Healthcare News & Insights

Why the patient/provider relationship is key to better hospital care

To improve patient outcomes, it’s critical to have patients take more active roles in their care. When patients act as partners with providers, readmissions and complications decrease. So your hospital’s clinicians need to be more open to having a close working relationship with patients.  

Doctor explaining to PatientDespite all the evidence showing the benefits, many doctors still aren’t communicating openly with their patients.

And they aren’t sharing all the information they can with patients about their health, whether it’s due to technological limitations, perceived notions about patients’ health literacy or other issues.

That means patients are becoming disengaged from their health care.

In an article on e-patients.net, Dr. Daniel Sands from the Society of Participatory Medicine, an organization that calls for better partnerships between providers and patients, calls this the “car wash” approach. Here, patients are pulled through the healthcare system, getting health “sprayed” on them by hospitals and providers.

Relationship building

Although many patients find themselves feeling like they’re being passively moved through a car wash during hospital visits and follow-up appointments, they want more.

The Society of Participatory Medicine recently polled 1,000 adults, and it found the majority of them want a closer relationship with their providers to improve their quality of care. In fact, 88% of participants believe that working with healthcare professionals as partners will help them manage and improve their overall health.

And most of them want to begin this collaborative process by sharing health information with their providers: 84% of those surveyed believe tracking their own health data and sharing it with healthcare professionals between visits would help them manage their own health better.

The types of health information they’d like to track includes their blood pressure, heart rate, rate of physical activity and respiratory rate.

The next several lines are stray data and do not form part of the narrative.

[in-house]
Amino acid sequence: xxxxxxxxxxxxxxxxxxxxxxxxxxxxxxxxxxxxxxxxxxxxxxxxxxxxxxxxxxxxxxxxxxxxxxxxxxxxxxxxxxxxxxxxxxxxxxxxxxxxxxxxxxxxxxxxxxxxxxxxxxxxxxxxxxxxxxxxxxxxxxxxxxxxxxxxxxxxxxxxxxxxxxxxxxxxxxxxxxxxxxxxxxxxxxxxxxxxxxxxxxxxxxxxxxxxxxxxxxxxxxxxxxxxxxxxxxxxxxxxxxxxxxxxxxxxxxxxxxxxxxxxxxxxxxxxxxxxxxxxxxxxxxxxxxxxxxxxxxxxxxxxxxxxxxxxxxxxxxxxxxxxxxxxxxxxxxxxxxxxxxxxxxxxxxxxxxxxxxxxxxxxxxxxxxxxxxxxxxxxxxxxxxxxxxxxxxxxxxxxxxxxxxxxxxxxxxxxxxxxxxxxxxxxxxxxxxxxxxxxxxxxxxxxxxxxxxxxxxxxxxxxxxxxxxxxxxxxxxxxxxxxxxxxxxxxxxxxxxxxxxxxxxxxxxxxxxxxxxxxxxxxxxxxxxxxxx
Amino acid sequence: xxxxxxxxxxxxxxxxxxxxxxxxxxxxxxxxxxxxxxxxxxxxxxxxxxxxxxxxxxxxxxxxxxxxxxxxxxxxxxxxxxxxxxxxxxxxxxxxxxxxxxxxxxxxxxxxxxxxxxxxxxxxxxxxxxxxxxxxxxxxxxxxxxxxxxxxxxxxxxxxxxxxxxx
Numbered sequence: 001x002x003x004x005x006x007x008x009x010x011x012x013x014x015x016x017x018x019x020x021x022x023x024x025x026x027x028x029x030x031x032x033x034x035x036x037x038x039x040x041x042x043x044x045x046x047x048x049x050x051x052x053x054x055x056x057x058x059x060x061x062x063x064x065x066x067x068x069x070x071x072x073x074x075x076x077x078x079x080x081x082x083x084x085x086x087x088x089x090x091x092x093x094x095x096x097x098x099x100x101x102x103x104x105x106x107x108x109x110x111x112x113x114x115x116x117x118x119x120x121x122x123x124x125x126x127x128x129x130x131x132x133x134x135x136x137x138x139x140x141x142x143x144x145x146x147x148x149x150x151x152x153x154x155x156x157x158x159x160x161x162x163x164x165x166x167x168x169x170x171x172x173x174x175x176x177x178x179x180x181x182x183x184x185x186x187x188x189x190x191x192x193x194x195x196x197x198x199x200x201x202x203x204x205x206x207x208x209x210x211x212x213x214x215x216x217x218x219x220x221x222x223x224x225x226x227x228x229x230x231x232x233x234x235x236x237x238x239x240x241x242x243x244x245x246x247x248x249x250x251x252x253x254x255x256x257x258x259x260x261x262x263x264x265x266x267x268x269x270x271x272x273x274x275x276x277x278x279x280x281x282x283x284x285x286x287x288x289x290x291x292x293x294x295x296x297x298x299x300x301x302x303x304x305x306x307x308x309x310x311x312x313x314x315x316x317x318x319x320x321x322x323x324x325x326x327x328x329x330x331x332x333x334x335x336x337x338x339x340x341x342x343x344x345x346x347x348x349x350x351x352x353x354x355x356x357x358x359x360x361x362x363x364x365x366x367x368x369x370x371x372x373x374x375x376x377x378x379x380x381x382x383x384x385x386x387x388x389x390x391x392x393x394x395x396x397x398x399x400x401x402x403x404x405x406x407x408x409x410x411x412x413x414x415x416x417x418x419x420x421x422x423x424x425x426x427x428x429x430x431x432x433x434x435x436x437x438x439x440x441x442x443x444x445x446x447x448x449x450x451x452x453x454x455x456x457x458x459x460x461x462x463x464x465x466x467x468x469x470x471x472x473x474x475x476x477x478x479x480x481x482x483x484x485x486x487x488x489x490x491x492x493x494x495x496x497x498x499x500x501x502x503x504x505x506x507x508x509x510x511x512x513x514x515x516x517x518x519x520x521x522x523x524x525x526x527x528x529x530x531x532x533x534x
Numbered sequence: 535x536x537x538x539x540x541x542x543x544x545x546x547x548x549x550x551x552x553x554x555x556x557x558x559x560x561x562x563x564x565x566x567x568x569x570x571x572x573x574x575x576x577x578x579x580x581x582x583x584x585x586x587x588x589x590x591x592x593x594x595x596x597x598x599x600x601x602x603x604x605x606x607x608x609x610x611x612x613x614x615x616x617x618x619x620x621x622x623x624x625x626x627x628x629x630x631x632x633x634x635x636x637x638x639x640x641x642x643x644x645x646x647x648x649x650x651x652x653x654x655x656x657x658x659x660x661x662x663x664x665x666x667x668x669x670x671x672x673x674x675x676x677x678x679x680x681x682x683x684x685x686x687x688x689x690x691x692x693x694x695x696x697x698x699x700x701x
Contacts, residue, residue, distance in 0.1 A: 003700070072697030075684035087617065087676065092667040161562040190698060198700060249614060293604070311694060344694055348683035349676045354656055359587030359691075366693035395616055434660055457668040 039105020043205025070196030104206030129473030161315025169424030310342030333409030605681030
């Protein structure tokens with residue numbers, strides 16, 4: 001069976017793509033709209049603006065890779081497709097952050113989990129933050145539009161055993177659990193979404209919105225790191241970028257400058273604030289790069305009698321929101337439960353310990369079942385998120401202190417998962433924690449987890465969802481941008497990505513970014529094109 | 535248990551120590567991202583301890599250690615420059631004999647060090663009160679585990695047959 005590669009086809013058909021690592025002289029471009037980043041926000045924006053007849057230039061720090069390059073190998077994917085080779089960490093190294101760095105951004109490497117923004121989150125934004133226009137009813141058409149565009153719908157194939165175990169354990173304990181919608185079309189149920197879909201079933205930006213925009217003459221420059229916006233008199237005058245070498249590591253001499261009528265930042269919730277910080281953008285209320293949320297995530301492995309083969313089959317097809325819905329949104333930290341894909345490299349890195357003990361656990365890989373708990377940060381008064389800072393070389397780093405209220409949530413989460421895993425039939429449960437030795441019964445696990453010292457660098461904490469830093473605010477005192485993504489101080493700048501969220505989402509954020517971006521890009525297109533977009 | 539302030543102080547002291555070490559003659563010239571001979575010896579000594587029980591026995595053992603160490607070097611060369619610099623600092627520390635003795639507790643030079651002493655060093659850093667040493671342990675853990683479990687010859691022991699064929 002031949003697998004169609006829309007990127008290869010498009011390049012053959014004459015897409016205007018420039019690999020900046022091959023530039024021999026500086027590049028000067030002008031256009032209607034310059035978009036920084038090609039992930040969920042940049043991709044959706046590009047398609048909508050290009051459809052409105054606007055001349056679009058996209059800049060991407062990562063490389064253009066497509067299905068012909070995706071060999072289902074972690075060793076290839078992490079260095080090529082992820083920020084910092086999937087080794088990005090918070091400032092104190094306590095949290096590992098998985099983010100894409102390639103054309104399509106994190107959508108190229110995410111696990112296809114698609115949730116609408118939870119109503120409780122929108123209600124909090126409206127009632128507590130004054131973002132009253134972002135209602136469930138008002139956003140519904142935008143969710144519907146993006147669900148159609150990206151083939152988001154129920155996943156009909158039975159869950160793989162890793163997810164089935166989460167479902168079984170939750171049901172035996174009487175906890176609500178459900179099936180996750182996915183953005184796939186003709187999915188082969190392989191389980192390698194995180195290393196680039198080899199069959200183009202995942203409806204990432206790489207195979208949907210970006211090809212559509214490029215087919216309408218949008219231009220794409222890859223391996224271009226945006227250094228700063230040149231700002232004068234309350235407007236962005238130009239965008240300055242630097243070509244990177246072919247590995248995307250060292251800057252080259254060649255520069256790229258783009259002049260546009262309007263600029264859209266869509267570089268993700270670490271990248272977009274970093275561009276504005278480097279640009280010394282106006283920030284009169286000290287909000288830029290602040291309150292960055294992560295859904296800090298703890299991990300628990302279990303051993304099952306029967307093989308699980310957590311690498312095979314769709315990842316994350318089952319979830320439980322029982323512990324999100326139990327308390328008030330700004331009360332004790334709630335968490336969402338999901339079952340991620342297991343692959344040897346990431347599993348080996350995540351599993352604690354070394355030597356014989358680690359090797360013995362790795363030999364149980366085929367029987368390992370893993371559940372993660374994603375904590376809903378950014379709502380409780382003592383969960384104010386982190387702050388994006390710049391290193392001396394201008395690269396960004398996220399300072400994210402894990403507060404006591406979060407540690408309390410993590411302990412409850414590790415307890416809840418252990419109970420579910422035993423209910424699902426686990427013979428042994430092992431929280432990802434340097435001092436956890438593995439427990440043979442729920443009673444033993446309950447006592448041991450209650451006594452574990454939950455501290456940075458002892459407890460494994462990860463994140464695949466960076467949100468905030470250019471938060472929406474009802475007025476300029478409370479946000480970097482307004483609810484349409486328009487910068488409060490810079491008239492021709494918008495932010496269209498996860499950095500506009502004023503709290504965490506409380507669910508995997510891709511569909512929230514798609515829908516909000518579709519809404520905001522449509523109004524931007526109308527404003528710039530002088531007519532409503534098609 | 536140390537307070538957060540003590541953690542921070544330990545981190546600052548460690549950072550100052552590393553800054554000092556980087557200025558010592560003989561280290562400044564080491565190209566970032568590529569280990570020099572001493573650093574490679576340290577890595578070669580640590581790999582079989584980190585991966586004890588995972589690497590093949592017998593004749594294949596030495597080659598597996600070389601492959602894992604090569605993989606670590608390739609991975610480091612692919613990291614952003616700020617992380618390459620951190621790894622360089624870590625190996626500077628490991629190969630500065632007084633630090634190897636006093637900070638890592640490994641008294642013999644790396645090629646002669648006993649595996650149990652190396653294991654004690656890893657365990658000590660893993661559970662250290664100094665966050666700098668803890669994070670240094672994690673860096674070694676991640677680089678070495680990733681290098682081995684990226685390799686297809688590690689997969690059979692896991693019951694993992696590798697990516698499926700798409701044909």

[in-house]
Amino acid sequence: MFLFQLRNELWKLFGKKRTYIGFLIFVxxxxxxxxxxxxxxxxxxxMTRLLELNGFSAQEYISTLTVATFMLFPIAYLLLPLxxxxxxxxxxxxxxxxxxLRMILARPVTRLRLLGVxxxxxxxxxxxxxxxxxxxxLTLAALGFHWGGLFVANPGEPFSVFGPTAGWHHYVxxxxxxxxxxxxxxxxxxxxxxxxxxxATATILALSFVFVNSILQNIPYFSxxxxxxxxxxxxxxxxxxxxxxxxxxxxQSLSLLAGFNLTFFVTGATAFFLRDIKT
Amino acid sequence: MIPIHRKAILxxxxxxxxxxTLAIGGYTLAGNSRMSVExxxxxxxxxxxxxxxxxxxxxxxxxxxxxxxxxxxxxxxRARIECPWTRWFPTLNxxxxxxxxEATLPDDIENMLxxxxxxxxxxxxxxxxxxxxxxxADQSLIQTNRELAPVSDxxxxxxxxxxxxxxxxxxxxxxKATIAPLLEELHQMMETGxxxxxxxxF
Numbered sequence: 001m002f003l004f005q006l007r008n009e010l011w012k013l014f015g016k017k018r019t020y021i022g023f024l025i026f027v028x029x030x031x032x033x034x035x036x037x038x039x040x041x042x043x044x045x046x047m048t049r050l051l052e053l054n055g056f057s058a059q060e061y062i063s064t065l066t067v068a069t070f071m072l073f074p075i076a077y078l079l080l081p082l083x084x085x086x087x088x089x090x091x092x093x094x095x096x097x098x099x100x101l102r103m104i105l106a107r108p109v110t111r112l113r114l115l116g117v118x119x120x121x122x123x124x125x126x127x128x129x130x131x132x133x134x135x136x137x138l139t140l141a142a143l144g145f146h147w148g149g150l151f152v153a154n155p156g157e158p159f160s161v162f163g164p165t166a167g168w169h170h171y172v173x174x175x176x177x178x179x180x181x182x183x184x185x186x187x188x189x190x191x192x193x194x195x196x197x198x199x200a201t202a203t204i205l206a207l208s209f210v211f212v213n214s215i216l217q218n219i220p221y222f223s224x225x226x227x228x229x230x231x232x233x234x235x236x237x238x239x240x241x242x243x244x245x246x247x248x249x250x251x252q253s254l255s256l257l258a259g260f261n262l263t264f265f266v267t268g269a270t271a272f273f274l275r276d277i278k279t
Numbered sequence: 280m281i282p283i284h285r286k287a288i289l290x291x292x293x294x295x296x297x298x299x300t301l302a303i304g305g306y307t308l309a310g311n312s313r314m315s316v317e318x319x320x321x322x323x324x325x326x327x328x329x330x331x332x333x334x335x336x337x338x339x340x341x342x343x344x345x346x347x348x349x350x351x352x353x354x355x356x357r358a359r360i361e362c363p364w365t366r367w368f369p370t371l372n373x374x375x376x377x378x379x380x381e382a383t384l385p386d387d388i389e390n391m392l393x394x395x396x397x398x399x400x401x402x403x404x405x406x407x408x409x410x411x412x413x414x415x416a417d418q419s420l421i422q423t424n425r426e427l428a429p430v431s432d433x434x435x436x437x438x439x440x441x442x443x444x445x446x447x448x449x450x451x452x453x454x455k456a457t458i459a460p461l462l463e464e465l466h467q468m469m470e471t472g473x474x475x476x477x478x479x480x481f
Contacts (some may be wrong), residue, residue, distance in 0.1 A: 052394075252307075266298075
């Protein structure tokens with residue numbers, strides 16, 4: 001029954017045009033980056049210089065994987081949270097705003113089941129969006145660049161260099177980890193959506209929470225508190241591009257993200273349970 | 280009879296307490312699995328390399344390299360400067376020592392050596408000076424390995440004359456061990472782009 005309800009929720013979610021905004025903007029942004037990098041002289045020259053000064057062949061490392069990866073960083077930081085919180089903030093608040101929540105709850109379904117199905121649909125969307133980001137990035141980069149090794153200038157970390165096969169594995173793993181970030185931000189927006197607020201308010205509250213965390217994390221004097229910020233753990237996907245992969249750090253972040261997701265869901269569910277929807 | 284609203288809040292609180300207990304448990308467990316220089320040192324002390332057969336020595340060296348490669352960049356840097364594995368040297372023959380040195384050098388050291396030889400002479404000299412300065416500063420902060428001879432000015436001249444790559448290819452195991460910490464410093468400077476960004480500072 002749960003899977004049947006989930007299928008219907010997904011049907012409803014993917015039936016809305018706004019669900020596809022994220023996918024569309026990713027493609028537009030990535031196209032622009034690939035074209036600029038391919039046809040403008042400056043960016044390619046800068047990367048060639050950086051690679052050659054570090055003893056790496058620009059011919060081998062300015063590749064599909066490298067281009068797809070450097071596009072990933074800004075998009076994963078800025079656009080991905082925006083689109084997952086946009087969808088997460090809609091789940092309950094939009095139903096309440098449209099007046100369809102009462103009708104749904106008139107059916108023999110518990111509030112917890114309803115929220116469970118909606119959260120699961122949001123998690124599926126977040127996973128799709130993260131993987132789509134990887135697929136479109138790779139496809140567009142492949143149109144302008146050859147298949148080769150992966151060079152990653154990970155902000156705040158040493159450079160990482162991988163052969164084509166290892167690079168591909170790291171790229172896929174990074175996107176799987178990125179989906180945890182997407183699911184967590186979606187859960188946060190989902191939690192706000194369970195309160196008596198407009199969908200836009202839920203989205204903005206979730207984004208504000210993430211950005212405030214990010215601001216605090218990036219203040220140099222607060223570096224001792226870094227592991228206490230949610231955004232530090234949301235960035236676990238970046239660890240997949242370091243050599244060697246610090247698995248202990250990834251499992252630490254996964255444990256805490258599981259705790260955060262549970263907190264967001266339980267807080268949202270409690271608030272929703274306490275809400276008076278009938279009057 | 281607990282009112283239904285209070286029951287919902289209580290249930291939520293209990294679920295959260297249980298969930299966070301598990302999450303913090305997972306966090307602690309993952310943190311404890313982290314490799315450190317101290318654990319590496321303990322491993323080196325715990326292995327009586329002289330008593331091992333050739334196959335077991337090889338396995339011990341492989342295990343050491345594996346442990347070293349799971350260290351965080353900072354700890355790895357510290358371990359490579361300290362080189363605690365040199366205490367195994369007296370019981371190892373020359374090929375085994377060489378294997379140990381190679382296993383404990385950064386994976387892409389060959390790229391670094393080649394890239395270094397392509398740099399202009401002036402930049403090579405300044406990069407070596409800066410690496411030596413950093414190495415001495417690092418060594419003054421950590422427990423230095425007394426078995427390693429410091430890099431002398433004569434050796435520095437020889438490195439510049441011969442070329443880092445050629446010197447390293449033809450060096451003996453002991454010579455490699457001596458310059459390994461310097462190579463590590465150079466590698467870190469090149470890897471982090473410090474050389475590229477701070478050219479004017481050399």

Over three-quarters (77%) said that easily and accurately monitoring their bodies for these vital signs is equally important to themselves and their healthcare providers.

A similar percentage (76%) would be interested in monitoring their health data with an accurate and easy-to-use device, especially if it was recommended by a provider. Eighty-one percent would be more likely to use a device that tracked health data if it came recommended from a healthcare professional.

Importance of professional opinions

Provider feedback is critical in building a relationship where patients are engaged in their health care. Patients can monitor their health data on their own, but without a provider to give them guidance and suggestions based on the numbers, the initiatives often fall flat.

Dr. Sands cites a study in his article where patients monitored and tracked their health data, but did so on their own without help from a physician. The program had no noticeable effects on patient outcomes or healthcare costs.

So sharing information on both sides is important. And where barriers exist, providers must do their best to overcome them, working with hospitals to come up with systems that seamlessly and securely integrate patient-collected data into their electronic health records, and communicating information both verbally and electronically in a way patients can easily digest and understand.

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